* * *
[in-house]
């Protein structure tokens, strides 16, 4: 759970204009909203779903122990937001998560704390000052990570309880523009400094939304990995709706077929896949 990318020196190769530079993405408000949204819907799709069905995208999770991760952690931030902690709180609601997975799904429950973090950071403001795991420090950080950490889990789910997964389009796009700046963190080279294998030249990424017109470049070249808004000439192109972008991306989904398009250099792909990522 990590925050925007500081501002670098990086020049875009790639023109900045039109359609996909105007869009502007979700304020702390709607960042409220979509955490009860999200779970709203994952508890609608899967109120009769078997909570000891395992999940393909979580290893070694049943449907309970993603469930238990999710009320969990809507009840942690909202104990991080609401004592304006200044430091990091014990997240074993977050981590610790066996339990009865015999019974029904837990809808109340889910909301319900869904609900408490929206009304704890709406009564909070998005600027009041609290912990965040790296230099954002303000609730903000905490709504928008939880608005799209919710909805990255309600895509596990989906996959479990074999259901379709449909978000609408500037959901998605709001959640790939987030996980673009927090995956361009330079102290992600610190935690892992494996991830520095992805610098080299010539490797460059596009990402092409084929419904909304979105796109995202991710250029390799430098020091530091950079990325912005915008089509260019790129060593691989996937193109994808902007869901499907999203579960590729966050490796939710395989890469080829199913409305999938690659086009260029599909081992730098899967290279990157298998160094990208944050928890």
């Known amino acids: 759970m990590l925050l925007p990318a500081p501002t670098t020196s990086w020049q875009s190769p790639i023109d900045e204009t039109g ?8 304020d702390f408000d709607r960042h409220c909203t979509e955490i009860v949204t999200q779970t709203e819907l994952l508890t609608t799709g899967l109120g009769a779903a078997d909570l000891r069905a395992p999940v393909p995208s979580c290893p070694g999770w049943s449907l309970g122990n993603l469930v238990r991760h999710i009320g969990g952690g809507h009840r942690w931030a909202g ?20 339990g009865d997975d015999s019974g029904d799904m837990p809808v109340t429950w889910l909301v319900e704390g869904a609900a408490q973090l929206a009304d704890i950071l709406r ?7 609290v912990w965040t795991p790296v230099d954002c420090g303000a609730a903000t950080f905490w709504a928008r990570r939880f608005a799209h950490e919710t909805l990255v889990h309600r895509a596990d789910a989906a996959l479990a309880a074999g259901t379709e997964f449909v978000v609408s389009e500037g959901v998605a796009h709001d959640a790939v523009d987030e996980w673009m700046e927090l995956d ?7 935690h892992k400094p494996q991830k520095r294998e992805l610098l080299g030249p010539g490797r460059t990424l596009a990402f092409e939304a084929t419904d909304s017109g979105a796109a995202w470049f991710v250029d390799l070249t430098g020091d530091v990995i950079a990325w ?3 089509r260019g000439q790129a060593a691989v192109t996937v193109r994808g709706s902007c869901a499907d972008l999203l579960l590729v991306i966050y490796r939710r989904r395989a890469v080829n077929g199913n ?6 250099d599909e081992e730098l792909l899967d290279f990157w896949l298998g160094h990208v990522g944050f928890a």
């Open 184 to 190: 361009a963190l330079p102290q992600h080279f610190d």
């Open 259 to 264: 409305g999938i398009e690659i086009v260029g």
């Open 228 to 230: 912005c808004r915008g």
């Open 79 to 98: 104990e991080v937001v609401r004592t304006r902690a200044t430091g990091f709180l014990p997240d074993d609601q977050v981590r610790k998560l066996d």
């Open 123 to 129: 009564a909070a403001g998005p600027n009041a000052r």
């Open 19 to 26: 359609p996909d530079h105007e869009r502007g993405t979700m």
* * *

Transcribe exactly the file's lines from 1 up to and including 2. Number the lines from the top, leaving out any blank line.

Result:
[in-house]
């Protein structure tokens, strides 16, 4: 759970204009909203779903122990937001998560704390000052990570309880523009400094939304990995709706077929896949 990318020196190769530079993405408000949204819907799709069905995208999770991760952690931030902690709180609601997975799904429950973090950071403001795991420090950080950490889990789910997964389009796009700046963190080279294998030249990424017109470049070249808004000439192109972008991306989904398009250099792909990522 990590925050925007500081501002670098990086020049875009790639023109900045039109359609996909105007869009502007979700304020702390709607960042409220979509955490009860999200779970709203994952508890609608899967109120009769078997909570000891395992999940393909979580290893070694049943449907309970993603469930238990999710009320969990809507009840942690909202104990991080609401004592304006200044430091990091014990997240074993977050981590610790066996339990009865015999019974029904837990809808109340889910909301319900869904609900408490929206009304704890709406009564909070998005600027009041609290912990965040790296230099954002303000609730903000905490709504928008939880608005799209919710909805990255309600895509596990989906996959479990074999259901379709449909978000609408500037959901998605709001959640790939987030996980673009927090995956361009330079102290992600610190935690892992494996991830520095992805610098080299010539490797460059596009990402092409084929419904909304979105796109995202991710250029390799430098020091530091950079990325912005915008089509260019790129060593691989996937193109994808902007869901499907999203579960590729966050490796939710395989890469080829199913409305999938690659086009260029599909081992730098899967290279990157298998160094990208944050928890």